CSTB null mutation associated with microcephaly, early developmental delay, and severe dyskinesia
The CSTB gene encodes for cystatin B, an inhibitor of lysosomal cysteine protease (cathepsins B, H, L, and S). 1 CSTB mutations have been associated with type 1 progressive myoclonic epilepsy, also known as Unverricht-Lundborg (ULD) disease, or Baltic myoclonus. 2,3 A total of 90% of all disease alleles consists of an expansion of at least 30 times of an unstable 12-nucleotide stretch (dodecamer 5′-CCCCGCCCCGCG-3′) in the CSTB promoter region. Homozygosity for this expansion is considered the founder mutation in the Finnish population. Few other mutations have been described, among these the p.Arg68, but until now only as compound heterozygous with the dodecamer expansion. 4-6 Expression of the p.Arg68 mutation in vitro indicates that the truncated protein is rapidly degraded, confirming that it is a null mutation. 7 Between the ages of 6 and 16 years, ULD begins with stimulus-sensitive myoclonus and generalized tonic-clonic seizures, which can be worsened by phenytoin, followed by ataxia and slow neurodegeneration. Here we report on the first 2 patients with a homozygous p.Arg68 null mutation.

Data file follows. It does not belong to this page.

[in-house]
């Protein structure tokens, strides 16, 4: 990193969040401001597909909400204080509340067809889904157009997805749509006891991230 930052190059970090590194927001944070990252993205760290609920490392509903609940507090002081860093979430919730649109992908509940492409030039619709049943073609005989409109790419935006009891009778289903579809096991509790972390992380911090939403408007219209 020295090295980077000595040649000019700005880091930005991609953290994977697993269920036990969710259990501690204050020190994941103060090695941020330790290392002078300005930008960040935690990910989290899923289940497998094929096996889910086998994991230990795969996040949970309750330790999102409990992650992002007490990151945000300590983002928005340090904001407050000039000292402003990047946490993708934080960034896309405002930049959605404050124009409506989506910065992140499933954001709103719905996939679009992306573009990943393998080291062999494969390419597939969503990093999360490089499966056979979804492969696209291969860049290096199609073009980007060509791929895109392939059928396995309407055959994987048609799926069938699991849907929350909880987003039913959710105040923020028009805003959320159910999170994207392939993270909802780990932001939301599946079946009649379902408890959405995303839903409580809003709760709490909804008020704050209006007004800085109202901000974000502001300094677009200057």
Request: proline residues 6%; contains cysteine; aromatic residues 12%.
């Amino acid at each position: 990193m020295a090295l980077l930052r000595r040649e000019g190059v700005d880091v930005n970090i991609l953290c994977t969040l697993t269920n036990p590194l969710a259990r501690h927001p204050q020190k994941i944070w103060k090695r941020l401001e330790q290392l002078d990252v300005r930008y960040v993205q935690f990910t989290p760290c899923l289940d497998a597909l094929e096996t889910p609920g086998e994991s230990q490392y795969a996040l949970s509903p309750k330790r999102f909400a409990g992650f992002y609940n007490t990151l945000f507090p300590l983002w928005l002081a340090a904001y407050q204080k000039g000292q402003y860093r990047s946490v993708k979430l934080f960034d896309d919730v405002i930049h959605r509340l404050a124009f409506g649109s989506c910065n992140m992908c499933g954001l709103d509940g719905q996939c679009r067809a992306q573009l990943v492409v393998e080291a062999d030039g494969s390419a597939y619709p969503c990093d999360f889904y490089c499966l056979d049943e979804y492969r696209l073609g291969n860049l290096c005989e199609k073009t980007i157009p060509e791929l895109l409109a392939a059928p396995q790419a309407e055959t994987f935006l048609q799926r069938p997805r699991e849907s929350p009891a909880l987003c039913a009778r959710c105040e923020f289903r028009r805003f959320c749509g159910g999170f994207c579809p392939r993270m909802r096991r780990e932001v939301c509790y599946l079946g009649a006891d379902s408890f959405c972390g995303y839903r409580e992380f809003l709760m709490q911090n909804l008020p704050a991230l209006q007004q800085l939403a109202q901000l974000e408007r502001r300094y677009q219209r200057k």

|Persistent URL||dx.doi.org/10.1212/WNL.0000000000002422, hdl.handle.net/1765/83439|
Mancini, G.M.S, Schot, R, de Wit, M.C.Y, de Coo, I.F.M, Oostenbrink, R, Bindels-de Heus, G.C.B, … van Slegtenhorst, M.A. (2016). CSTB null mutation associated with microcephaly, early developmental delay, and severe dyskinesia. Neurology, 86(9), 877–878. doi:10.1212/WNL.0000000000002422